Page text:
The big A word; anxiety!
It seems to be the word on everyone’s mind when it comes to the heavy paced world we live in today. A world that is filled with unpredictability and poor controllability makes for a world that can be very stressful for human beings, particularly those predisposed to it (almost 15% of the population). Now imagine that you existed in this world, but this time you were not human, but instead you were an animal whose entire existence depended on a human. That is what I call stress! And, it is no wonder that as we suffer from anxiety, our dogs follow suit. Sadly, in many ways, our dogs suffer even more so because they are never fully in control no matter what they do. Their welfare is entirely up to us.
In my role as an animal behaviourist, anxiety is the most common cause of unwanted behaviours. So, when training your dog to be better behaved, whether that be walking alongside you on a lead, reducing their barking or not digging up the backyard, it pays to ask yourself ‘why’ they are doing it in the first place. How is your dog feeling? What sort of temperament does your dog have? Are you pushing their limits? Are you observing the signs of anxiety? To me, the most important and successful approach to dog training is applying empathy. If we start to ask ourselves why our dog is suffering and what part we are playing in it, we can start to understand how to resolve issues and move forward.
So, to get you started with some practical assistance, here are 10 tips that will help to change the way you see your dog as well as help change the way your dog sees the world.
I always talk about this place, which is critical to the wellbeing of your dog. Everyone deserves to feel safe, particularly when resting, or in times of uncertainty. Ensure you have a warm, quiet place near you that your dog feels safe in. This place cannot be accessed by children and is a place where your dog will instinctively turn to in times of need.
When a dog is busy focusing on something positive, they are more confident. Allow your dog to find their food through treat dispensers and practice fun obedience games with them. The more purpose they have, the better they feel inside.
Positive Focus Games
There are so many great mental games you can play with your dog, that don’t require much preparation or time. Hide n seek, scent detection games, tricks and obedience challenges are all opportunities for your dog to focus and have their focus reinforced through your attention, praise, food and play.
With physical exercise comes a release of great brain chemicals, that can make us feel more energised and positive. Any chance you have to get your dog moving within their limits, take that opportunity. Dogs (and humans) need physical exercise every single day, so make sure you find the time to invest in this essential part of your routine together.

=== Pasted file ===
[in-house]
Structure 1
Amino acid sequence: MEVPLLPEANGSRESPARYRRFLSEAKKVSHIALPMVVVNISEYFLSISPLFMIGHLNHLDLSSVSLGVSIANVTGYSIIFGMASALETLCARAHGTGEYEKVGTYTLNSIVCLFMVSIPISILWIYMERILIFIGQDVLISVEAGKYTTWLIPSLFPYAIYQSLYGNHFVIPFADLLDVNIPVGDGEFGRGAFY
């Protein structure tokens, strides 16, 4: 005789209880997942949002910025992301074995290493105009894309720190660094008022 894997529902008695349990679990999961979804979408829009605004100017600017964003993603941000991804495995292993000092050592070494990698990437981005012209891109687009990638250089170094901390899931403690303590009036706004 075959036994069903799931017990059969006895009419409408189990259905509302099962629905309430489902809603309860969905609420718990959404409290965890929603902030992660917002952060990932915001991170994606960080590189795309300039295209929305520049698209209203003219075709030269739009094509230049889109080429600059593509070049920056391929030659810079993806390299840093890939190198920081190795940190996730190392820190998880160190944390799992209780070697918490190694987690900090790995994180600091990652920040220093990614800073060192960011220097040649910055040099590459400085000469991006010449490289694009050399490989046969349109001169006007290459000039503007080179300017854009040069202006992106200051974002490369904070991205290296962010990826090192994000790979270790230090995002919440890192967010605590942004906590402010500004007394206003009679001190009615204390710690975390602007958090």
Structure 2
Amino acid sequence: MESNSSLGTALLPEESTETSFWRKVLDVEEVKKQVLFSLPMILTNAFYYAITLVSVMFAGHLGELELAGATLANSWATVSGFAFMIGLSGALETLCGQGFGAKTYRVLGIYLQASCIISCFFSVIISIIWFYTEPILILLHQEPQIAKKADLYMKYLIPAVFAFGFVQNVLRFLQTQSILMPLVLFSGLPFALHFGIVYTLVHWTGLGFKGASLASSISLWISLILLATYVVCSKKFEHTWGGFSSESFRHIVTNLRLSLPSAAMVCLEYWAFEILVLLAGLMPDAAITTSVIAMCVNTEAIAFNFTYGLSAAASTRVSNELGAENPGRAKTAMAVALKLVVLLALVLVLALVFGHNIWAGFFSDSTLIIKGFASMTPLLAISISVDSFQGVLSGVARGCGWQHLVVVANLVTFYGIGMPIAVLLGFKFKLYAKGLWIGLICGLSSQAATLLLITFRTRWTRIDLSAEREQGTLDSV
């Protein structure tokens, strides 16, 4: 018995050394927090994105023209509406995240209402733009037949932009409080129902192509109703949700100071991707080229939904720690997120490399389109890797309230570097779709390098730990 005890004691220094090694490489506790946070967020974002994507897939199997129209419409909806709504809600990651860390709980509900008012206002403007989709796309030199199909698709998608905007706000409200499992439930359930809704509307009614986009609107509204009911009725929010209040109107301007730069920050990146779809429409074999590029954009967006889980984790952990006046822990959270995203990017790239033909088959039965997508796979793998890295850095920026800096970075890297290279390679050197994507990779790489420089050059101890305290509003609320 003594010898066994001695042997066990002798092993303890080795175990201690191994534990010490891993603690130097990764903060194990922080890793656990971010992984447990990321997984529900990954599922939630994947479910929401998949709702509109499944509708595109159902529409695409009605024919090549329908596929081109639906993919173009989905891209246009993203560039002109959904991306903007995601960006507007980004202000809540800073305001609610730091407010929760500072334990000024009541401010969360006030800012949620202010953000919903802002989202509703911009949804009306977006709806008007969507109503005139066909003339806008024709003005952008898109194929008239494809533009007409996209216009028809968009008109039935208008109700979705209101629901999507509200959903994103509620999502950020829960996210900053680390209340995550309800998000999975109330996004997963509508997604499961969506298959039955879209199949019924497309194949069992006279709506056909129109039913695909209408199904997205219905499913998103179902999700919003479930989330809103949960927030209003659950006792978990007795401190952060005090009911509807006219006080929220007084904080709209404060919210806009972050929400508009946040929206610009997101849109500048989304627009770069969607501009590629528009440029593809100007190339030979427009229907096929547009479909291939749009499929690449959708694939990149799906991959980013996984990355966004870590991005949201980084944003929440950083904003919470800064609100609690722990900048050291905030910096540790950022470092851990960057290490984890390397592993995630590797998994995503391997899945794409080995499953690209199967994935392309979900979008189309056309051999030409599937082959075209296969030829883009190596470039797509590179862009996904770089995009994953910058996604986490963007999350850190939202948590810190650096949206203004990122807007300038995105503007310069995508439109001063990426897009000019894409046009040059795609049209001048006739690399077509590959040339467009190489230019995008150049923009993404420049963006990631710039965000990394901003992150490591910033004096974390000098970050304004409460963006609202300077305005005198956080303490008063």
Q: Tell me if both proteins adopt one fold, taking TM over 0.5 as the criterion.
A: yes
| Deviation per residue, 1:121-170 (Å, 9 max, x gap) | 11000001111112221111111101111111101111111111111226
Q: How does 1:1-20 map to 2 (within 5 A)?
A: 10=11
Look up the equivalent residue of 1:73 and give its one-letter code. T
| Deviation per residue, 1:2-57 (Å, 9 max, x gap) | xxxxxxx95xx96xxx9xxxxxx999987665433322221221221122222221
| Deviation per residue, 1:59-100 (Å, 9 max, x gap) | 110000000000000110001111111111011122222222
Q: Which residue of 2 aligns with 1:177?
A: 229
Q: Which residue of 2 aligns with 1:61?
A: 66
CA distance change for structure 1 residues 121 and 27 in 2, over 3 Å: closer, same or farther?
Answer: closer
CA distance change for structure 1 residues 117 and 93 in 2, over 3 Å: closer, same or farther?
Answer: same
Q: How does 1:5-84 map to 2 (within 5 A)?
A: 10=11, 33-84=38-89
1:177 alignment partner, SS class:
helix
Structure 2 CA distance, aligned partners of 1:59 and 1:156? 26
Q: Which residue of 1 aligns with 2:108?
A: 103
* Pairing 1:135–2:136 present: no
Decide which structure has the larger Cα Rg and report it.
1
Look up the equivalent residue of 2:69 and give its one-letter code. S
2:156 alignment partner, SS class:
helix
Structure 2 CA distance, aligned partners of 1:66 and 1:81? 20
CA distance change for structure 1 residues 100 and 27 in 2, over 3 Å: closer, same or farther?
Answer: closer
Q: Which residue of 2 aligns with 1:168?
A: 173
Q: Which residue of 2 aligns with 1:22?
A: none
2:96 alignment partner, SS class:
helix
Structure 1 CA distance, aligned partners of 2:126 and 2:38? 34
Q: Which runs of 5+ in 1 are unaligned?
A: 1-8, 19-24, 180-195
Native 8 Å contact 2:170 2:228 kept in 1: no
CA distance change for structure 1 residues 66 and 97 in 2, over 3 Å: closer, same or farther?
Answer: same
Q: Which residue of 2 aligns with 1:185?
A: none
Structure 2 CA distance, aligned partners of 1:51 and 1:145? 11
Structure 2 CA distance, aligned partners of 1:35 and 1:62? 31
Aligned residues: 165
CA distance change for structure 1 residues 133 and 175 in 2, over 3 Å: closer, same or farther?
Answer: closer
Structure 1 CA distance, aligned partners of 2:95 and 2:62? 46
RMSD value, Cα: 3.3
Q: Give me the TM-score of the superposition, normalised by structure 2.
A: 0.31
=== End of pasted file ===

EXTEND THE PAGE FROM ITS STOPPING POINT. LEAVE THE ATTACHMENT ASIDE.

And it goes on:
Keep this consistent and predictable as much as you can. Moving to a new house, travelling, or even changing your working hours can leave your dog unsure of what to expect. When life is unpredictable, anxiety naturally creeps in. The more consistent your routine is, the more relaxed your dog will feel.
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Don’t forget to have fun with your dog! Sometimes half an hour of physical and mental play in the backyard together is better than a run around the block. Don’t be afraid to mix up your dog’s exercise regime and keep things interesting for you both. The more play you engage in together, the better your bond will be and the more positive your dog will feel.
Change the Association
If there are things you have identified that your dog is anxious about, consider changing your dog’s perception of the anxiety provoking stimulus. For example, if they are anxious around other dogs, apply empathy and find a distance they are comfortable and positive at, and offer them high value rewards for looking at another dog. Please only attempt these sorts of behaviour changes under the guidance of a qualified and experienced behaviourist, or veterinary behaviourist.
Patience and Time
Slow down and breathe. Sometimes, it takes a while for a dog’s anxiety to settle and that is perfectly fine. We all learn at different paces and our thresholds for stress are varied. Get to know who your dog is and work within their limitations rather than your expectations.
Leading on from the last tip, start to think more from your dog’s point of view and their capacity to deal with their anxieties. Move your expectations closer to your dog’s limitations and work together to achieve a common goal. Sometimes, you may not achieve the goal you set out to. That doesn’t mean that you have failed, but rather the goal post was not positioned properly in the first place.
In combination with behaviour change, some medication can be effective in contributing the alleviation of anxiety. Always discuss this with your trusted behaviourist or veterinarian prior and make a decision on what is best for your dog.
Lastly, research into mental health in humans shows a correlation between diet and depression/anxiety. A low carbohydrate and low protein diet can contribute to poorer mental health as much of the serotonin (the neurotransmitter linked to improving anxiety and depression symptoms) is made in the gut. Without good gut health, there may be a risk of poorer health elsewhere. Although humans and dogs have different dietary needs, it helps to consider that what you are feeding your dog may be contributing to how they are feeling in both body and mind. It helps to always think a little outside the square.
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